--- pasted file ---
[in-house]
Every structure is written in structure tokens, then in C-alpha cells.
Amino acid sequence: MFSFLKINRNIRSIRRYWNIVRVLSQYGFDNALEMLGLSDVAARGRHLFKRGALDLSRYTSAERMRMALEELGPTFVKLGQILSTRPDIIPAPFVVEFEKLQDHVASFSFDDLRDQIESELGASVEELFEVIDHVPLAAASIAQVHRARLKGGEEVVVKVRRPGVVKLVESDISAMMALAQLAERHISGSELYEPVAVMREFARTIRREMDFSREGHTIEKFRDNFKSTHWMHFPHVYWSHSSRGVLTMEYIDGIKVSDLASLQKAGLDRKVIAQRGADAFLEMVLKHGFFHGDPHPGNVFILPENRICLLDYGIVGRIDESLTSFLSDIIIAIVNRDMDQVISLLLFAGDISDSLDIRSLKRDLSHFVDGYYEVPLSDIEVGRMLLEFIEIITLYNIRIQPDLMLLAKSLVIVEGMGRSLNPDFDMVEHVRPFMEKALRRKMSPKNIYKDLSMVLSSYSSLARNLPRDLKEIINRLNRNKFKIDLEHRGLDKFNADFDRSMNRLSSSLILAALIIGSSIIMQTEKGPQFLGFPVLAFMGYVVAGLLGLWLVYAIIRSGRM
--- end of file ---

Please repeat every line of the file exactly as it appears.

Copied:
[in-house]
Every structure is written in structure tokens, then in C-alpha cells.
Amino acid sequence: MFSFLKINRNIRSIRRYWNIVRVLSQYGFDNALEMLGLSDVAARGRHLFKRGALDLSRYTSAERMRMALEELGPTFVKLGQILSTRPDIIPAPFVVEFEKLQDHVASFSFDDLRDQIESELGASVEELFEVIDHVPLAAASIAQVHRARLKGGEEVVVKVRRPGVVKLVESDISAMMALAQLAERHISGSELYEPVAVMREFARTIRREMDFSREGHTIEKFRDNFKSTHWMHFPHVYWSHSSRGVLTMEYIDGIKVSDLASLQKAGLDRKVIAQRGADAFLEMVLKHGFFHGDPHPGNVFILPENRICLLDYGIVGRIDESLTSFLSDIIIAIVNRDMDQVISLLLFAGDISDSLDIRSLKRDLSHFVDGYYEVPLSDIEVGRMLLEFIEIITLYNIRIQPDLMLLAKSLVIVEGMGRSLNPDFDMVEHVRPFMEKALRRKMSPKNIYKDLSMVLSSYSSLARNLPRDLKEIINRLNRNKFKIDLEHRGLDKFNADFDRSMNRLSSSLILAALIIGSSIIMQTEKGPQFLGFPVLAFMGYVVAGLLGLWLVYAIIRSGRM